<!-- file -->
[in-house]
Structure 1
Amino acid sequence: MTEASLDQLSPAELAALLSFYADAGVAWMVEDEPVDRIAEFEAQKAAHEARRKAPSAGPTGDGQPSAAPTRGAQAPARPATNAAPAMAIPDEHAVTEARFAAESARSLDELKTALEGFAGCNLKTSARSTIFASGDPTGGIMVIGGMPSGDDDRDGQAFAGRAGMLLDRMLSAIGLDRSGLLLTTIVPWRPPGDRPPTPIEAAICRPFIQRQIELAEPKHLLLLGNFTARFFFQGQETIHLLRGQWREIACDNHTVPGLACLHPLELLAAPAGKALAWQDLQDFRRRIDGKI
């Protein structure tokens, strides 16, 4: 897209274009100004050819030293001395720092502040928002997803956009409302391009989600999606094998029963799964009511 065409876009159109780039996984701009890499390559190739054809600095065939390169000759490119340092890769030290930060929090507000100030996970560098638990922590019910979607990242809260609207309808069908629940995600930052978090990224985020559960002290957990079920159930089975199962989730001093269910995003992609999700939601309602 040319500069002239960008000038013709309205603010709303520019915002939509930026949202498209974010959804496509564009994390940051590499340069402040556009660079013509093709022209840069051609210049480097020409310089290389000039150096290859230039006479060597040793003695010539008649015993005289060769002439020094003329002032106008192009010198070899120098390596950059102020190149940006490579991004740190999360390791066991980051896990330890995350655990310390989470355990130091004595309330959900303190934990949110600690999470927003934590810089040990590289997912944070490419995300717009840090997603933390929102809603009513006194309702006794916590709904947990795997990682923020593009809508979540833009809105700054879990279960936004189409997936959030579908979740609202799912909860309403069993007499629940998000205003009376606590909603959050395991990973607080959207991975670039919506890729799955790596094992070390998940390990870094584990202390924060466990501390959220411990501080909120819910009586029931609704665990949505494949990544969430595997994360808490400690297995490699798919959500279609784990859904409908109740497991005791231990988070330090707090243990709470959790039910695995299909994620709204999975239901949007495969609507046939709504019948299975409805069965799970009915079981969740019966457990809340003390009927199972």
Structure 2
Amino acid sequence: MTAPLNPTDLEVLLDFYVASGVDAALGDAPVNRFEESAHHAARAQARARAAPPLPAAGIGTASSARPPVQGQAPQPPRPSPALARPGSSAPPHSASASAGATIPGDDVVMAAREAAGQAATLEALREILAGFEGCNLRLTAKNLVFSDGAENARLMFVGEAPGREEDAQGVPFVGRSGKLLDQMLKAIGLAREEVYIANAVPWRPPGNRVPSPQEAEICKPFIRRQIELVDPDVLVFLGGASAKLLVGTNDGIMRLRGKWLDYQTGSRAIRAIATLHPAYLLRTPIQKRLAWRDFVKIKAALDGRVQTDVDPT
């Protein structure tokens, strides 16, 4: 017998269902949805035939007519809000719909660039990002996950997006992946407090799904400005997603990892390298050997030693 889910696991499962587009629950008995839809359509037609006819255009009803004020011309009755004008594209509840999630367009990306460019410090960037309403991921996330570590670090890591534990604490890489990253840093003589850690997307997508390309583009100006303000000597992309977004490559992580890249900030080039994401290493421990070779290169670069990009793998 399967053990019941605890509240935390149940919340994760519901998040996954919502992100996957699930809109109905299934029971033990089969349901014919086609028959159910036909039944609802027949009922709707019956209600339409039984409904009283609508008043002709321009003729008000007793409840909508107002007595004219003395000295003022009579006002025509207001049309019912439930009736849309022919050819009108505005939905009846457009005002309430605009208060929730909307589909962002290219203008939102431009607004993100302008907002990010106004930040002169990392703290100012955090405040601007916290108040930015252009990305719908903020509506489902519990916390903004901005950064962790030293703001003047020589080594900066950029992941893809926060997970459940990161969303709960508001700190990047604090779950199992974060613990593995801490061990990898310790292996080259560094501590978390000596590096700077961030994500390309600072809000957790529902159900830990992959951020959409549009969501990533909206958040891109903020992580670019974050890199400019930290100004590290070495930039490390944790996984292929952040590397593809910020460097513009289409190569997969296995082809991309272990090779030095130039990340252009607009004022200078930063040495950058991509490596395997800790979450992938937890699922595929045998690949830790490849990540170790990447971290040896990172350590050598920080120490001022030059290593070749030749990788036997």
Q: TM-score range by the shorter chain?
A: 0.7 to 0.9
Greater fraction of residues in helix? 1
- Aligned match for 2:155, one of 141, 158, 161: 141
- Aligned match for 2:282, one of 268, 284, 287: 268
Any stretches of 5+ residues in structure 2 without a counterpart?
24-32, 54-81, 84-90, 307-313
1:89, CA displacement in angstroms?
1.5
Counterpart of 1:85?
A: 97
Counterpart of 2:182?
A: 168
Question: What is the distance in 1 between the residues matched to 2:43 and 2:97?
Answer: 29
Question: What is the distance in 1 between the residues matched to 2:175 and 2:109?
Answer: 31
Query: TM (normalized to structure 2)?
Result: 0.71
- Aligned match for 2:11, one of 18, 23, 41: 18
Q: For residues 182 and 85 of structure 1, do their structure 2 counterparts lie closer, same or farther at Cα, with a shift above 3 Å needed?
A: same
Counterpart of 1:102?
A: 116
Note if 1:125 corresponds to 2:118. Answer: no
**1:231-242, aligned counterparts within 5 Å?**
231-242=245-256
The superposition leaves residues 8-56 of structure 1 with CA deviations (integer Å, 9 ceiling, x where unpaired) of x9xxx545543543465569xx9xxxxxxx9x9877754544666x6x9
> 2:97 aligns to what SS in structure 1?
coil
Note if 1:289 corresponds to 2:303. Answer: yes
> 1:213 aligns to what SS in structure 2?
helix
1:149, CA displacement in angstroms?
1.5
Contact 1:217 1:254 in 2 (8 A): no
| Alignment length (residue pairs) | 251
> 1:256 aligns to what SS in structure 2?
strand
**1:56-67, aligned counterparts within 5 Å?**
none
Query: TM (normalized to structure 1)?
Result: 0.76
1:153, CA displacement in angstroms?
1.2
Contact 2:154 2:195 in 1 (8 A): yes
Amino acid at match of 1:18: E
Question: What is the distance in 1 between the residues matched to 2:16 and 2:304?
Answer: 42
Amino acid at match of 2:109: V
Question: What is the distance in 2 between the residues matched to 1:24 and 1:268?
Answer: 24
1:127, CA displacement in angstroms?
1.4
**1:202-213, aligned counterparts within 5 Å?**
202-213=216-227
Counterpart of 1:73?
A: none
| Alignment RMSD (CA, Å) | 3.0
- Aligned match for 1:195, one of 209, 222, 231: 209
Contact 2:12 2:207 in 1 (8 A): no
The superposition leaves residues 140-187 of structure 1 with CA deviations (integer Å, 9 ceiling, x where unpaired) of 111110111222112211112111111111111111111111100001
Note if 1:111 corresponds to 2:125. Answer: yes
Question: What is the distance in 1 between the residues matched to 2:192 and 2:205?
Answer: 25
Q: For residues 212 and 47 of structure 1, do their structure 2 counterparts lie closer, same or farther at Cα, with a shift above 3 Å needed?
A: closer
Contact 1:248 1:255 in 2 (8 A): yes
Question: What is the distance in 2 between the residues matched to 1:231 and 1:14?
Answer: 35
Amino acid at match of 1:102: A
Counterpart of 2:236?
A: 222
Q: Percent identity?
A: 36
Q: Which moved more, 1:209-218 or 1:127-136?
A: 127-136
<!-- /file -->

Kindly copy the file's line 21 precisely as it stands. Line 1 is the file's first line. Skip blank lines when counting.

Question: What is the distance in 1 between the residues matched to 2:43 and 2:97?